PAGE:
Skip Navigation

Program Evaluation KnowledgeBase

This KnowledgeBase archive includes content and external links that were accurate and relevant as of September 30, 2019.

The Program Evaluation KnowledgeBase is an online resource aiding education professionals in understanding the basics of project evaluation in order to properly assess projects and programs. It is organized around three elements to assist educators with their program evaluation.

Task 1: Write the Report

Guideline: Once the evaluation is completed, the next task is to compile the findings and recommendations report. Doing so is necessary to have a document of record to communicate with constituency groups and monitor performance. The evaluation team might assign the task to a sub group or designate one individual to create a draft document for review. As many constituencies may view the report, it is helpful to utilize an easy to follow format and minimize the use of technical language and buzz words.


Evaluation Report Outline

This tool from The Community Toolbox is as an example of the type of content found in a typical evaluation report.

Representation of Data

Edward Tufte, author of The Visual Display of Quantitative Information, suggests eight practices to consider to assure the accurate representation of visual data.

Statistics Every Writer Should Know

This resource describes in "plain English, some basic concepts in statistics that every writer should know."

The Fog Index

The Fog index was developed by Robert Gunning to measure how hard something is to read. His Fog Index in The Technique of Clear Writing (McGraw-Hill) is considered the most reliable formula for testing your writing. It is not an index of how good your writing is, but of how easy it is to understand. Using the index, grant administrators can test the communications they send to constituent groups.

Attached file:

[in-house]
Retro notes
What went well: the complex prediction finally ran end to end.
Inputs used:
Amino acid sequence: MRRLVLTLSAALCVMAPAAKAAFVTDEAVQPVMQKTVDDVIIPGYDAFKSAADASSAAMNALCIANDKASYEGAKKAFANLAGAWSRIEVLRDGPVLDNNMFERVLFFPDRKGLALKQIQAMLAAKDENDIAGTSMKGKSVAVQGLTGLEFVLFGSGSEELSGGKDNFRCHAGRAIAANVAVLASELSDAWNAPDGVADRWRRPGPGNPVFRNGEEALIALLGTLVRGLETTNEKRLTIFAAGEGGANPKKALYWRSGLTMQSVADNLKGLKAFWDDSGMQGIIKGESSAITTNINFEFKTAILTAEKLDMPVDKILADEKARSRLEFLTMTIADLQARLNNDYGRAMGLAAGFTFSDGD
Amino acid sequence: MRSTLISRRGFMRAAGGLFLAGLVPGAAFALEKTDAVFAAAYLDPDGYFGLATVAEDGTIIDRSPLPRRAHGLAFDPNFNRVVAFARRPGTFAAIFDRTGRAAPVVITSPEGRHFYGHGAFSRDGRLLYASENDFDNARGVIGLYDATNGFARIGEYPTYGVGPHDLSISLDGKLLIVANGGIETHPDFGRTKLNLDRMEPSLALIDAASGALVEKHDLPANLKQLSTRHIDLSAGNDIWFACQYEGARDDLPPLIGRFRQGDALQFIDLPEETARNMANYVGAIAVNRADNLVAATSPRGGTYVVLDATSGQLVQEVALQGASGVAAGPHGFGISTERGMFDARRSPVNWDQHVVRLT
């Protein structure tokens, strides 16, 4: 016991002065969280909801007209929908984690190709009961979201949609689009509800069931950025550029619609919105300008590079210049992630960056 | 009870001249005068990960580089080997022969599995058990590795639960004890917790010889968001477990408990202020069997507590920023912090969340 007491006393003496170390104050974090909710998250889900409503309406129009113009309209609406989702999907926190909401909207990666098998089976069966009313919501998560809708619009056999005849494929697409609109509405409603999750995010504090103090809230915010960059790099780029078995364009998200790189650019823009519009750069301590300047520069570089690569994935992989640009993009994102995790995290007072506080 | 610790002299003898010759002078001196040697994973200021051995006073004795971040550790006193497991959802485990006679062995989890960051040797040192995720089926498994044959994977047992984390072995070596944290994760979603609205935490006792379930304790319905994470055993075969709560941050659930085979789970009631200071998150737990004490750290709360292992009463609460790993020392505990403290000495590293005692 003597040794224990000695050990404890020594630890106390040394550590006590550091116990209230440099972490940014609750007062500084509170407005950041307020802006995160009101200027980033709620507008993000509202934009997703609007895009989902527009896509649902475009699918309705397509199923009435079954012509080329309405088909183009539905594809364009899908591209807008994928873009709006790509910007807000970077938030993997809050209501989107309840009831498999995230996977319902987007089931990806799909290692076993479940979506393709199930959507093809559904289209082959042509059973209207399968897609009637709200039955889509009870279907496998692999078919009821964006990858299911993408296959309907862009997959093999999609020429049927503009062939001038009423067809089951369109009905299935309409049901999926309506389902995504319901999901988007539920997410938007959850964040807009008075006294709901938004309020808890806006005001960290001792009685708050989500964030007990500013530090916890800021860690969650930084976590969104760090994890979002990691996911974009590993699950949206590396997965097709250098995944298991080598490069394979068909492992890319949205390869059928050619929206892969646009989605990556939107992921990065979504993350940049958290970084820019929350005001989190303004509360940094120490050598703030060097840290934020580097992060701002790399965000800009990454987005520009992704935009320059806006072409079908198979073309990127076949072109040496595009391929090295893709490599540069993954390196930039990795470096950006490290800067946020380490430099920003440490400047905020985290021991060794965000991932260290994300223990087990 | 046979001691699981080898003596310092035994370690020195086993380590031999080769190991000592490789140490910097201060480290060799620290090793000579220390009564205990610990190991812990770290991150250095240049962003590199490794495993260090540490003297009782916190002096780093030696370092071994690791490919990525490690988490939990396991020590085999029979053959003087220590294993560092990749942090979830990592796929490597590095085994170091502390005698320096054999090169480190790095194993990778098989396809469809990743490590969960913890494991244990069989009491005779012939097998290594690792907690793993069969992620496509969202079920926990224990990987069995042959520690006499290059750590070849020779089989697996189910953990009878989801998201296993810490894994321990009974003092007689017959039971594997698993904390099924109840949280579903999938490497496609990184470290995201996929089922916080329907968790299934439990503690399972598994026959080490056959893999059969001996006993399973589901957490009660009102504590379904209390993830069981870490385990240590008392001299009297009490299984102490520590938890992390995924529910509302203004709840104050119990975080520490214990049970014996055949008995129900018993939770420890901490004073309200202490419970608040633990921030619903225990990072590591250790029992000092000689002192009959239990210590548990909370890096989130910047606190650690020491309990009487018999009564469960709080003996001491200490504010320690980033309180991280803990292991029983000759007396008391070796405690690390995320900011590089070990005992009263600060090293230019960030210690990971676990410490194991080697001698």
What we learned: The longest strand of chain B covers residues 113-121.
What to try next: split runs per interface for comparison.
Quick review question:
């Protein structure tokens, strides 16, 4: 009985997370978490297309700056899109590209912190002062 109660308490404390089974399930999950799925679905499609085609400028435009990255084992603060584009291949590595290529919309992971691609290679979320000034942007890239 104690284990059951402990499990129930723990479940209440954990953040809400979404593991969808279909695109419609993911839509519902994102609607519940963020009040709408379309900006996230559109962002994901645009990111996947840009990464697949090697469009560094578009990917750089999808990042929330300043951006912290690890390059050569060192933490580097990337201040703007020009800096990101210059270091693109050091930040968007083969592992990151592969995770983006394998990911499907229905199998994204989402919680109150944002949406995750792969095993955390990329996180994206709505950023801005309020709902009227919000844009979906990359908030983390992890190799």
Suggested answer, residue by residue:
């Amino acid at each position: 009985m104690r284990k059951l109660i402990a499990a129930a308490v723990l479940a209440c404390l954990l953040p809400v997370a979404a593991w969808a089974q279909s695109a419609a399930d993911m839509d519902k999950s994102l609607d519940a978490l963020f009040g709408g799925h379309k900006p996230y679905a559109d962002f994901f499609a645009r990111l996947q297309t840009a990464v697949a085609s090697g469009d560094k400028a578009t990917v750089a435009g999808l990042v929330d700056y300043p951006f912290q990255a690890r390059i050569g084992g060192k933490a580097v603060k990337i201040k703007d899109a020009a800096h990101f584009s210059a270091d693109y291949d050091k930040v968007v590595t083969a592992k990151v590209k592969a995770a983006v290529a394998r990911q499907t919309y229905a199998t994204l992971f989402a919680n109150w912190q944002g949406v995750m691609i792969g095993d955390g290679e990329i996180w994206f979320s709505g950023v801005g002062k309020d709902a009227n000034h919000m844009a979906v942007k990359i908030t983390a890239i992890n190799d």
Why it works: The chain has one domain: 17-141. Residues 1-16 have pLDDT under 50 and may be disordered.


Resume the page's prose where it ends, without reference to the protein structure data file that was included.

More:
Writing the Report

This six page document is one of 18 lectures based on the book Educational Research Quantitative, Qualitative and Mixed Approaches. The lectures were written by the author as a supplement to the text. This lecture describes the major parts of a research report and offers advice on writing the report itself.

Just Plain Data Analysis

This link is to the companion website to the book Just Plain Data Analysis authored by Gary Klass, Department of Politics and Government, Illinois State University. The website addresses research design, data collection, data analysis and data presentation employed in empirical social science research.

The contents of this website were developed under a grant from the U.S. Department of Education and are intended for general reference purposes only. However, those contents do not necessarily represent the policy of the U.S. Department of Education or the Center, and you should not assume endorsement by the Federal Government. Some resources on this site require Adobe Acrobat Reader. This website archive includes content and external links that were accurate and relevant as of September 30, 2019.